The President had gay friends and many gay appointees and employees. He was always kind and welcoming and I never heard anything that was homophobic from him. While it was shameful and I will never know why he didn’t come out and take the lead on this as he had on so many other issues, I cannot help but look at the time period and wish that it was different.
This will not excuse what happened or heal the wounds that many in the gay community, myself included, have from the choices made under that administration but I do hope that we will never see the younger generations deal with the same hurt and loss. I knew Reagan for years and I do believe that he always regretted the deaths of so many of our friends and companions – our family.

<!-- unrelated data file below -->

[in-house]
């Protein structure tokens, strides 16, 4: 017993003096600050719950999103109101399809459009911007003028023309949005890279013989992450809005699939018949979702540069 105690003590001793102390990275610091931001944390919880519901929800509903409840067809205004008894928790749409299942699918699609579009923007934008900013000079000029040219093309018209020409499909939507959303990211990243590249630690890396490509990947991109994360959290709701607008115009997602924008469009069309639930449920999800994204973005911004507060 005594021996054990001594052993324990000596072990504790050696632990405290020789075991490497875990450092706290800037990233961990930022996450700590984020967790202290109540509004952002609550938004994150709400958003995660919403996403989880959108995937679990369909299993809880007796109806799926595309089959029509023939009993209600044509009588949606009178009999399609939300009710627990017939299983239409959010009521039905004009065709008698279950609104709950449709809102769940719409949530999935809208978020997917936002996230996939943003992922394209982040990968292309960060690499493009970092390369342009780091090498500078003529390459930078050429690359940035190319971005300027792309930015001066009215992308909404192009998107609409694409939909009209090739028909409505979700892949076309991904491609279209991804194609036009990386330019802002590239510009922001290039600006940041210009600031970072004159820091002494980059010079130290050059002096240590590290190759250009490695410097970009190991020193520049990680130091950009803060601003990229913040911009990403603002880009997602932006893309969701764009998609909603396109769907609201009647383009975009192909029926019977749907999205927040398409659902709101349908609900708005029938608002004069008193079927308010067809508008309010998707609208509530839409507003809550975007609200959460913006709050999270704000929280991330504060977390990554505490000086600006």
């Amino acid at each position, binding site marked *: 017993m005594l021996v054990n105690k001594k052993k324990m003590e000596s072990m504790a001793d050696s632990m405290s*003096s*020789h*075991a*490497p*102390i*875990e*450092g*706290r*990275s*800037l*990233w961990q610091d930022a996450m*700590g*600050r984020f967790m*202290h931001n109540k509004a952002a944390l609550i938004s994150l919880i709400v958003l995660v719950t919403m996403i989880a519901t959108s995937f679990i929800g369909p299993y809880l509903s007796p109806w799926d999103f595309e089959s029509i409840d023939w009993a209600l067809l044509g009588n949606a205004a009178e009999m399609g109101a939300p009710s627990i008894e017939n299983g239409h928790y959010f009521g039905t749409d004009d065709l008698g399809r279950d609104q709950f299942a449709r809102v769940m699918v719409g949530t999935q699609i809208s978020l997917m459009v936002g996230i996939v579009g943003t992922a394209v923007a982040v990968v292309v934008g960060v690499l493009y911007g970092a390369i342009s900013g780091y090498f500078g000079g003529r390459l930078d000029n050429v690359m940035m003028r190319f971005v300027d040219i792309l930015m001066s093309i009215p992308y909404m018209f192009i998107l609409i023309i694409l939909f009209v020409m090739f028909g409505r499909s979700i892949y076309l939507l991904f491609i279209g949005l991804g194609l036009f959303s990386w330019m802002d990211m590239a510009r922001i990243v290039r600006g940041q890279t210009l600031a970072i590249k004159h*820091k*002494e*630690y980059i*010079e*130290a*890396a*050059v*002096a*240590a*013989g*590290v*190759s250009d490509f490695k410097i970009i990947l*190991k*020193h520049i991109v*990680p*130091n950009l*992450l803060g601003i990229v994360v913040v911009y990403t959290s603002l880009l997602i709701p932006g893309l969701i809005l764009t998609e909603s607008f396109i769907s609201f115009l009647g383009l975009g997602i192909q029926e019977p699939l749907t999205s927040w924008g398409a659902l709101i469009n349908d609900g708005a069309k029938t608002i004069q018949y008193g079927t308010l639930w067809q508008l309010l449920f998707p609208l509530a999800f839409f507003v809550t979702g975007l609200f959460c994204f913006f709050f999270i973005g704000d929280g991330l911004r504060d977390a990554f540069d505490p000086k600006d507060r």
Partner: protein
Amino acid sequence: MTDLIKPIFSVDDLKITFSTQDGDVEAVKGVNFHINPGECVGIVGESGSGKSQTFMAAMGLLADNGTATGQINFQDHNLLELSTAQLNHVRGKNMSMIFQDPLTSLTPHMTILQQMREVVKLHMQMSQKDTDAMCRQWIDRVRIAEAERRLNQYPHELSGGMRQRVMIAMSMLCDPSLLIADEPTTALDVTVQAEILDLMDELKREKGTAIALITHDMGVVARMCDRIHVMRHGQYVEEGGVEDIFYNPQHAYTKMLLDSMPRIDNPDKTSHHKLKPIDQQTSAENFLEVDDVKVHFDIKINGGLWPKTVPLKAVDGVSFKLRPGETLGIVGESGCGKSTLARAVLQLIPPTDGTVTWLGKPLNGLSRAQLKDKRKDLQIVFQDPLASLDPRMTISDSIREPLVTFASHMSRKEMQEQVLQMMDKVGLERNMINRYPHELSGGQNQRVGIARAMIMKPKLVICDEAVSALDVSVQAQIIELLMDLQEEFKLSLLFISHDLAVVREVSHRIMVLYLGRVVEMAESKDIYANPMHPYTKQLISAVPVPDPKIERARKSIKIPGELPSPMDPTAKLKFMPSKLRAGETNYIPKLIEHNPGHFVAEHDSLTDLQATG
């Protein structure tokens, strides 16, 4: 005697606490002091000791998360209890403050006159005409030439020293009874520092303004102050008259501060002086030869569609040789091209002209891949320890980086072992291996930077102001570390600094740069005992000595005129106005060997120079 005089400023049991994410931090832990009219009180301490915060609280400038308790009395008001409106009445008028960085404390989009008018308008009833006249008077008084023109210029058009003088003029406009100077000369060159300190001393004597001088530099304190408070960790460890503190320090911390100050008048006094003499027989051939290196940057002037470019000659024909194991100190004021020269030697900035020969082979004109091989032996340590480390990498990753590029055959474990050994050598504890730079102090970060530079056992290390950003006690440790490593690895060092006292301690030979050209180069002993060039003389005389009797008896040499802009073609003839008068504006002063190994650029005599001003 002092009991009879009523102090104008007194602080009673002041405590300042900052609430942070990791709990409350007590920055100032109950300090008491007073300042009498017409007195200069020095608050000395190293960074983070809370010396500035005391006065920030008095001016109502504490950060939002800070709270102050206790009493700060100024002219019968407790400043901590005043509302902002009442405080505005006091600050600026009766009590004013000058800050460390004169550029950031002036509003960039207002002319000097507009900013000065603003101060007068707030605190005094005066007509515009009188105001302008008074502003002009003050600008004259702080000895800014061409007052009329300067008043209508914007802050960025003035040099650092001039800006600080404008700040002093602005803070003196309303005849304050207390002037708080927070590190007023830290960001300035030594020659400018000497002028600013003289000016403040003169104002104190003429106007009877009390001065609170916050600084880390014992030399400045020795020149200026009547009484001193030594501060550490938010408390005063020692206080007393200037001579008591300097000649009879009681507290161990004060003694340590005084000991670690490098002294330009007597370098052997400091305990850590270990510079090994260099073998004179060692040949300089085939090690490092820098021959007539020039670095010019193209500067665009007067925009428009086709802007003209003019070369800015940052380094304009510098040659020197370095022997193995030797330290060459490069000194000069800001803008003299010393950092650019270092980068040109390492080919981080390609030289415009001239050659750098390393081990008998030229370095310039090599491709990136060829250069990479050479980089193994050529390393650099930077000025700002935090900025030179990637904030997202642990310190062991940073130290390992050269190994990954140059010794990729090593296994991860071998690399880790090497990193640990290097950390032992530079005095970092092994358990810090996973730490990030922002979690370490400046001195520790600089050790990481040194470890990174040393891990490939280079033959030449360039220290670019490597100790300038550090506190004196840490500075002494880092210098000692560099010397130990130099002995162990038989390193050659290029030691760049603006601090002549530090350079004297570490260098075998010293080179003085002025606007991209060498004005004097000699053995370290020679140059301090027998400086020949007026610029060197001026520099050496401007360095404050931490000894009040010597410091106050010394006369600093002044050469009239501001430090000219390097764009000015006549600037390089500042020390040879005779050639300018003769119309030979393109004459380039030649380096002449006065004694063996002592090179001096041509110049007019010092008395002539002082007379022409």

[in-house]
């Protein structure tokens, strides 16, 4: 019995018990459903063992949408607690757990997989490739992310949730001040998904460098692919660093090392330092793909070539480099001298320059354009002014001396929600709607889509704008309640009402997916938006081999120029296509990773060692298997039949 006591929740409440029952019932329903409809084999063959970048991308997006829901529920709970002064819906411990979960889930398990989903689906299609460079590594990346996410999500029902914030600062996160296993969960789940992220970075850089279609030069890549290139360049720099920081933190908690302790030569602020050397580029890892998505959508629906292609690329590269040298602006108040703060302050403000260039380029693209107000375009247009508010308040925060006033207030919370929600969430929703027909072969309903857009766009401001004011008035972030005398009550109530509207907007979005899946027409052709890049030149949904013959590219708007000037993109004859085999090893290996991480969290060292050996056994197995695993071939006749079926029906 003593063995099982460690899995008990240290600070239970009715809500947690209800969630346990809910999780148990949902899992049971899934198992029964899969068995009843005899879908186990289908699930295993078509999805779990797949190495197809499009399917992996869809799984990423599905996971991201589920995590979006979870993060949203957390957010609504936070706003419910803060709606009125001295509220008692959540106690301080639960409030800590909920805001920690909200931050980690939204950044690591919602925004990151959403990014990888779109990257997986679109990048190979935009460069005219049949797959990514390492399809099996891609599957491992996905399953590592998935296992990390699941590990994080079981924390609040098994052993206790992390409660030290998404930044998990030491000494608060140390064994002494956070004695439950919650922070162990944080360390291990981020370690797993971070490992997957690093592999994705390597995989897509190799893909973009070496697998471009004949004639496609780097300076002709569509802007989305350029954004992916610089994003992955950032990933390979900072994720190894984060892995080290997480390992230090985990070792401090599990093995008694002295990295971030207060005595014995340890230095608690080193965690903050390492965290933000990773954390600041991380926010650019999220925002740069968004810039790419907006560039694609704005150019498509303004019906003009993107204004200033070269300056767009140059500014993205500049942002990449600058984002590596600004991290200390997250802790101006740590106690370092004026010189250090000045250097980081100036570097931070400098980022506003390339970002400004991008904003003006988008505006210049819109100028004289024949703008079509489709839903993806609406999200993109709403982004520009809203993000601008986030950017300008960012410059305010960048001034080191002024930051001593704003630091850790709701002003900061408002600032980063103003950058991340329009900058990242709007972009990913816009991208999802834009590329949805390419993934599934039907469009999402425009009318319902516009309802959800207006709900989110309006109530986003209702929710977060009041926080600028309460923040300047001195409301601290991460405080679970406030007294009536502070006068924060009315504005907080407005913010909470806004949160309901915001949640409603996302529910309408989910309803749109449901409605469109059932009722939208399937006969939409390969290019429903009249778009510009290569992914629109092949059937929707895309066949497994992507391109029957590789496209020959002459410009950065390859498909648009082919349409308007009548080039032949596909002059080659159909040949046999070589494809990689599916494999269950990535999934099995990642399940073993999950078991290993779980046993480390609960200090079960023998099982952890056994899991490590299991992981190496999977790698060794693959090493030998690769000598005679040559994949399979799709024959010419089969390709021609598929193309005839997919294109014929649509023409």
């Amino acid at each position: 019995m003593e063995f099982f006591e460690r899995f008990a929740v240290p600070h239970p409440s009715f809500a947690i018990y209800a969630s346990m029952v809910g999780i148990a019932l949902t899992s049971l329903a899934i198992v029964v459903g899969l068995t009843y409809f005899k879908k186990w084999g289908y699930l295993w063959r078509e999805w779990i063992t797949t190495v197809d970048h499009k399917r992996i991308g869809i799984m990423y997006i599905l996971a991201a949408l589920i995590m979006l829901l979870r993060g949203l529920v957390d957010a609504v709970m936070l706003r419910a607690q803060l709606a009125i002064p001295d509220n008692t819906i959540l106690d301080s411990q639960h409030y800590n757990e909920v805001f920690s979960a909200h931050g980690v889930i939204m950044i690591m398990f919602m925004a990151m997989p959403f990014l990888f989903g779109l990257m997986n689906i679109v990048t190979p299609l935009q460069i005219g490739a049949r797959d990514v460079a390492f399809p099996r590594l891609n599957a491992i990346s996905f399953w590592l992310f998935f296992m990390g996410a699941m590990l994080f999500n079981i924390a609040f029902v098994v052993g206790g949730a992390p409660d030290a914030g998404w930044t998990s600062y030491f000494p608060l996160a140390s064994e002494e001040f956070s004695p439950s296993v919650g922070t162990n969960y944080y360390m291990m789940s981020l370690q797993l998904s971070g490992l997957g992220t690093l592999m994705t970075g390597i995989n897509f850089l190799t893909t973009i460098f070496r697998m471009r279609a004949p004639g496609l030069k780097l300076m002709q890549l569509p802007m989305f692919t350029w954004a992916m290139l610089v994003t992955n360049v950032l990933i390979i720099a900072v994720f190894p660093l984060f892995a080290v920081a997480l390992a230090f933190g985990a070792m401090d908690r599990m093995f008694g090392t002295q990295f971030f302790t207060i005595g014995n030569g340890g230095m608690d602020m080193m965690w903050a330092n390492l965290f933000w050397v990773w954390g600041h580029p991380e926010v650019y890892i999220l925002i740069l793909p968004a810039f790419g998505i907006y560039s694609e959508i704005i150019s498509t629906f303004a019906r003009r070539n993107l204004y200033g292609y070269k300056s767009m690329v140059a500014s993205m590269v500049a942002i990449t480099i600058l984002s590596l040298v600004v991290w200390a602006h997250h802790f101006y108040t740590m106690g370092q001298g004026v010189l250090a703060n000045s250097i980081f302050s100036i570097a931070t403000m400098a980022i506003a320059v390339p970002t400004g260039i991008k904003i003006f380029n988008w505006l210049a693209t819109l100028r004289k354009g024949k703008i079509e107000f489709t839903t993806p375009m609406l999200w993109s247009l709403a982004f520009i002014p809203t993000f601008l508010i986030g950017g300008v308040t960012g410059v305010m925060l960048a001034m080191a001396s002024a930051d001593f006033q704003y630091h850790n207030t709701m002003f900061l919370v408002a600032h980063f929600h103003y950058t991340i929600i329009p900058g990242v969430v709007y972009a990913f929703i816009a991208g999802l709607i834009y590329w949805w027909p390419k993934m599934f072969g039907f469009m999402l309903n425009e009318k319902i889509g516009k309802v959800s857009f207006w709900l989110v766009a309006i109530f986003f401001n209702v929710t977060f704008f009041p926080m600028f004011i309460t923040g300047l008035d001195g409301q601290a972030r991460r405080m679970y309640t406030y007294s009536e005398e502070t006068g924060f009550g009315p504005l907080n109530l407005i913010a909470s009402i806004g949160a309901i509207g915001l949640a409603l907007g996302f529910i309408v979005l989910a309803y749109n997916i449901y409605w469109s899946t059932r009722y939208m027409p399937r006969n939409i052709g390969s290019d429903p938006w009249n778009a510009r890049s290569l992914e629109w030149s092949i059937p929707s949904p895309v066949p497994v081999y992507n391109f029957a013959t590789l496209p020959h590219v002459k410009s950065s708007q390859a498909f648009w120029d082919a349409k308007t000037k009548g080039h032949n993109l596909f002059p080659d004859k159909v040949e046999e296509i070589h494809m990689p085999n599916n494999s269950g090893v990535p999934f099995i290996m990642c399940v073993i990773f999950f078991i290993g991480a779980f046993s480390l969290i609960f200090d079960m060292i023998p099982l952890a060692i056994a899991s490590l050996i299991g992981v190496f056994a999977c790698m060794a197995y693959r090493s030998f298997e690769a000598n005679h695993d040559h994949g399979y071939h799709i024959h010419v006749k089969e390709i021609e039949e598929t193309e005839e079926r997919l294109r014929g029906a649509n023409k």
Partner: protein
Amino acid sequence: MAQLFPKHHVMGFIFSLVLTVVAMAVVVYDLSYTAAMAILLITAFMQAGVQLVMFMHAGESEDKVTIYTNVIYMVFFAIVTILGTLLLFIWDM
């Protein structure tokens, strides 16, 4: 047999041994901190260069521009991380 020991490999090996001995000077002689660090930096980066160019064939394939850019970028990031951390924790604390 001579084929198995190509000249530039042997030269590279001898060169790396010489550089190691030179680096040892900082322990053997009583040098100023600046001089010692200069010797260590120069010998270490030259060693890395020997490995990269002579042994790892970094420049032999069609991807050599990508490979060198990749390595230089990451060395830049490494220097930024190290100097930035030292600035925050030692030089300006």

Processing what had just been said took me a moment as I sat and looked at my notes. Learning from those in the community who had lived through the 80’s – people I respected and loved, some of whom I have lost over the past few years to AIDS – it occurred to me that we live in a time when we cannot forget our history. We have created activists, business leaders and voices for the struggles this world faces. Now we have produced an openly gay woman for U.S. Senate, and Karger running for candidacy for President of the United States.
I knew us discussing the present day, Obama, the other GOP candidates, his positions, and what he hopes to do would be the most interesting of all…